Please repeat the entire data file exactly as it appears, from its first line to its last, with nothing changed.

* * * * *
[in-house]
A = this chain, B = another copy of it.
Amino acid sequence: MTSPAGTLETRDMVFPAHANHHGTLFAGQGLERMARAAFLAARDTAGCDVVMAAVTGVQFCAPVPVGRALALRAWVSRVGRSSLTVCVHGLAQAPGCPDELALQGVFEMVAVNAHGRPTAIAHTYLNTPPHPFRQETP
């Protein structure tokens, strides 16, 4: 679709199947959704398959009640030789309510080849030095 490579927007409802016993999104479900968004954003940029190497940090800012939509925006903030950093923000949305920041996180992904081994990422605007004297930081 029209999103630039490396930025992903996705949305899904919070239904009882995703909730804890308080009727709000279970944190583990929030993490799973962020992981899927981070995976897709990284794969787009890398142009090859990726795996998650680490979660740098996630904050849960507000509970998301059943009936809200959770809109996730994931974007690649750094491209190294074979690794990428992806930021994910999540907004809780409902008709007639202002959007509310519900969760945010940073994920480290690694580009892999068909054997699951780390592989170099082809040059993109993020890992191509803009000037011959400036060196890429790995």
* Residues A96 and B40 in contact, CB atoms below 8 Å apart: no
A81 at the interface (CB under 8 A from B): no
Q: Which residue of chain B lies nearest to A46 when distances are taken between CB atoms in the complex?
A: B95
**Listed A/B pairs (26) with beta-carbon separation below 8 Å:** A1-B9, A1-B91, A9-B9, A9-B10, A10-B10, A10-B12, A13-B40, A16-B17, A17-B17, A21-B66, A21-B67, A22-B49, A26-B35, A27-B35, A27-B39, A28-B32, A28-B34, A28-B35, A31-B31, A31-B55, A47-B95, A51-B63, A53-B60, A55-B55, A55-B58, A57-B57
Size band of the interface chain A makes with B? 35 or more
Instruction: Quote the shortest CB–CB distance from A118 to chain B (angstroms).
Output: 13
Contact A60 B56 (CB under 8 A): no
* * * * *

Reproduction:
[in-house]
A = this chain, B = another copy of it.
Amino acid sequence: MTSPAGTLETRDMVFPAHANHHGTLFAGQGLERMARAAFLAARDTAGCDVVMAAVTGVQFCAPVPVGRALALRAWVSRVGRSSLTVCVHGLAQAPGCPDELALQGVFEMVAVNAHGRPTAIAHTYLNTPPHPFRQETP
């Protein structure tokens, strides 16, 4: 679709199947959704398959009640030789309510080849030095 490579927007409802016993999104479900968004954003940029190497940090800012939509925006903030950093923000949305920041996180992904081994990422605007004297930081 029209999103630039490396930025992903996705949305899904919070239904009882995703909730804890308080009727709000279970944190583990929030993490799973962020992981899927981070995976897709990284794969787009890398142009090859990726795996998650680490979660740098996630904050849960507000509970998301059943009936809200959770809109996730994931974007690649750094491209190294074979690794990428992806930021994910999540907004809780409902008709007639202002959007509310519900969760945010940073994920480290690694580009892999068909054997699951780390592989170099082809040059993109993020890992191509803009000037011959400036060196890429790995």
* Residues A96 and B40 in contact, CB atoms below 8 Å apart: no
A81 at the interface (CB under 8 A from B): no
Q: Which residue of chain B lies nearest to A46 when distances are taken between CB atoms in the complex?
A: B95
**Listed A/B pairs (26) with beta-carbon separation below 8 Å:** A1-B9, A1-B91, A9-B9, A9-B10, A10-B10, A10-B12, A13-B40, A16-B17, A17-B17, A21-B66, A21-B67, A22-B49, A26-B35, A27-B35, A27-B39, A28-B32, A28-B34, A28-B35, A31-B31, A31-B55, A47-B95, A51-B63, A53-B60, A55-B55, A55-B58, A57-B57
Size band of the interface chain A makes with B? 35 or more
Instruction: Quote the shortest CB–CB distance from A118 to chain B (angstroms).
Output: 13
Contact A60 B56 (CB under 8 A): no